This new discovery could pave the way to the development of new treatment to beat type 2 diabetes. Researchers at the UCSD (University of California in San Diego) School of Medicine have discovered the cause of insulin resistance.
They say that inflammation aggravated by the immune cells cause insulin resistance which leads to type 2 diabetes. Type 2 diabetes is linked to obesity which is the world’s most common metabolic disease. The theory for sometime now is that the inflammation related to obesity leads to insulin resistance.
Now with the use of mouse models, the scientists at UCSD provided evidence that by stopping inflammatory pathway, resistance to insulin and type 2 diabetes can be avoided. I am revisiting this issue hoping that they have been successful at finding treatment based on this discovery.
The lead investigators of this study are Michael Karin, PhD who is pharmacology professor at UCSD and Jerrold Olefsky, who is the Scientific Affairs’ Associate Dean and also a renowned professor of medicine. Their findings are featured in the Cell Metabolism‘s November 7 issue.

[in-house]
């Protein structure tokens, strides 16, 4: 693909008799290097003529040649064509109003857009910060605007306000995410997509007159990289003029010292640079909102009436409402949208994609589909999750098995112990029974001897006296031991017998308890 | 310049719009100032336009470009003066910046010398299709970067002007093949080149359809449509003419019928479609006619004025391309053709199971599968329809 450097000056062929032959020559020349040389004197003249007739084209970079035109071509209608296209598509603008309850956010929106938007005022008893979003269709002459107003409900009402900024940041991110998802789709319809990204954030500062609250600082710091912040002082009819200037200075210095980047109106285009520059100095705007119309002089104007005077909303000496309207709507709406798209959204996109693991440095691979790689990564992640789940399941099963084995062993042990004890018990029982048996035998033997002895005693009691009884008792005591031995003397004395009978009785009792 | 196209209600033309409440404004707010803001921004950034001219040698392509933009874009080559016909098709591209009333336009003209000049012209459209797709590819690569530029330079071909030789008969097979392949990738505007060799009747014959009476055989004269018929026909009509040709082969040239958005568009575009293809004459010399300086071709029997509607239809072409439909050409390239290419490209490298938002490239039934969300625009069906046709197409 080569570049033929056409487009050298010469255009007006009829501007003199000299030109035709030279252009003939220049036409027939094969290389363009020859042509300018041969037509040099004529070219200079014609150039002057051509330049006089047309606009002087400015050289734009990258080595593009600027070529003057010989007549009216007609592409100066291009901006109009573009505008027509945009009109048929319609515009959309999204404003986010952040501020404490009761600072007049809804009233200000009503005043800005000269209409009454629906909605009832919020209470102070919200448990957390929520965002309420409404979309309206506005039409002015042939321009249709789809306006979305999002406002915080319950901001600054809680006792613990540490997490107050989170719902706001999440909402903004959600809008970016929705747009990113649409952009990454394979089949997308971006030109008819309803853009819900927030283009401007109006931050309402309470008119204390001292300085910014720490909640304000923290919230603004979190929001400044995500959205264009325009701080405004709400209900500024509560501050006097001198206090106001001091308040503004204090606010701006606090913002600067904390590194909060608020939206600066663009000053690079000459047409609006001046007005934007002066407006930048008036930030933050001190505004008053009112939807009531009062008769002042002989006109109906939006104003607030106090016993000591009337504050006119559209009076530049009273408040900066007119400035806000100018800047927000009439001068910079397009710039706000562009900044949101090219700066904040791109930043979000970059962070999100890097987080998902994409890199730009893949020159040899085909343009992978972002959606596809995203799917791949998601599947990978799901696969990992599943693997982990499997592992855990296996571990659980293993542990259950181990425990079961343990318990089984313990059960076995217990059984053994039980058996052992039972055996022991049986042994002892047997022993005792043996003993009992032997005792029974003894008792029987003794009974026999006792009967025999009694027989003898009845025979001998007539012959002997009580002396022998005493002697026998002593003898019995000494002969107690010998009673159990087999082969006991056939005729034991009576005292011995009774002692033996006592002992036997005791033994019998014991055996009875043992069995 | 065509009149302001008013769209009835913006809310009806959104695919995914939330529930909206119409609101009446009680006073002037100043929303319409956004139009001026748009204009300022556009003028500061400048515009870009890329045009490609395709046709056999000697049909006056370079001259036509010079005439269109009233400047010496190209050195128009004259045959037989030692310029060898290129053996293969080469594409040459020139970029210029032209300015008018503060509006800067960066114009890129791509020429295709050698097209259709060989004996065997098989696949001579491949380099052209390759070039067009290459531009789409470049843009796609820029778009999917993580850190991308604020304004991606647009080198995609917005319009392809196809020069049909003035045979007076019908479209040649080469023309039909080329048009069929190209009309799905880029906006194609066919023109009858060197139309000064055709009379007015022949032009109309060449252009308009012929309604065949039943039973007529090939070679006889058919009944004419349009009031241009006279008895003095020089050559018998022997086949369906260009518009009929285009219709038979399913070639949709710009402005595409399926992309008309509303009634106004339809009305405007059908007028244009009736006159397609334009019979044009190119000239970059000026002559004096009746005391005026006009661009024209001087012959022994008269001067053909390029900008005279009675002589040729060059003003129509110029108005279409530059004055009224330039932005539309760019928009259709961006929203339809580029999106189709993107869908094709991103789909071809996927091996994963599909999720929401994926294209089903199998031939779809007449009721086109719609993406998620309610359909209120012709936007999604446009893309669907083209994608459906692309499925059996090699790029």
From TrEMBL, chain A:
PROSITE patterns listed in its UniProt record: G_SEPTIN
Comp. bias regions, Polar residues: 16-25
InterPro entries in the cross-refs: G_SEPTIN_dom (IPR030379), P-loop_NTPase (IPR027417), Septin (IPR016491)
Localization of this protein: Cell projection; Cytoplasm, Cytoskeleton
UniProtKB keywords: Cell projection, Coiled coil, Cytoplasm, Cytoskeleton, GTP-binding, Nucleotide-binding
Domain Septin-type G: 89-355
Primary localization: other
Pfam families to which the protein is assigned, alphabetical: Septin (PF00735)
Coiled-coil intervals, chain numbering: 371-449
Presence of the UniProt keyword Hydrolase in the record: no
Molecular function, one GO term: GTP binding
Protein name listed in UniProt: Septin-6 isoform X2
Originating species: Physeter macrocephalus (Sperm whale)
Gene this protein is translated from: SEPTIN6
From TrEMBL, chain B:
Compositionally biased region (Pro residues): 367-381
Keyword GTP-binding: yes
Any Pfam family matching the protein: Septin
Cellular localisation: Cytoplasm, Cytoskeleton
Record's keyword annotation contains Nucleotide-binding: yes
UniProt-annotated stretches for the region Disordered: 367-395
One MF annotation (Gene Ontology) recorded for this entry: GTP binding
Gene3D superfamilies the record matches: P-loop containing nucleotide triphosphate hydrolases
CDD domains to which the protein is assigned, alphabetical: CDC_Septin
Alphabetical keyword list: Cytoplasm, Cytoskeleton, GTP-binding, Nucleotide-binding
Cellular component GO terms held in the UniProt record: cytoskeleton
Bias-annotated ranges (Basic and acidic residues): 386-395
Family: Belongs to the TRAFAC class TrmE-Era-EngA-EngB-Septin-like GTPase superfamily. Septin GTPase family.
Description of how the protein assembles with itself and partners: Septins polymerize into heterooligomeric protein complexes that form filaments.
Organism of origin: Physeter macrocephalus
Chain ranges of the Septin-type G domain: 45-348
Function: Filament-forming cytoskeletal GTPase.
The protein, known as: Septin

Olefsky said that their research demonstrates that insulin resistance can be disconnected from fatty fat increase that is linked to obesity. When immune cells get into fat, they release a substance called cytokines. These cause fat cells to become resistant to insulin which could lead to type 2 diabetes.
The UCSD research team demonstrated that by knocking out the component responsible for making the fat cells resistant to insulin, they were able to interrupt insulin resistance. They also used a control group of mice. Both groups of mice were fed with high fat diet. The control group diet resulted in obesity and inflammation. This in turn caused insulin resistance and type 2 diabetes.
The other group whose component that led to inflammation was knocked out also became obese. But herein lies the importance of this research. This group did not show insulin resistance at all. This led the scientists to conclude that disarming the inflammatory pathway could break off the surge that leads to insulin resistance and ultimately to type 2 diabetes.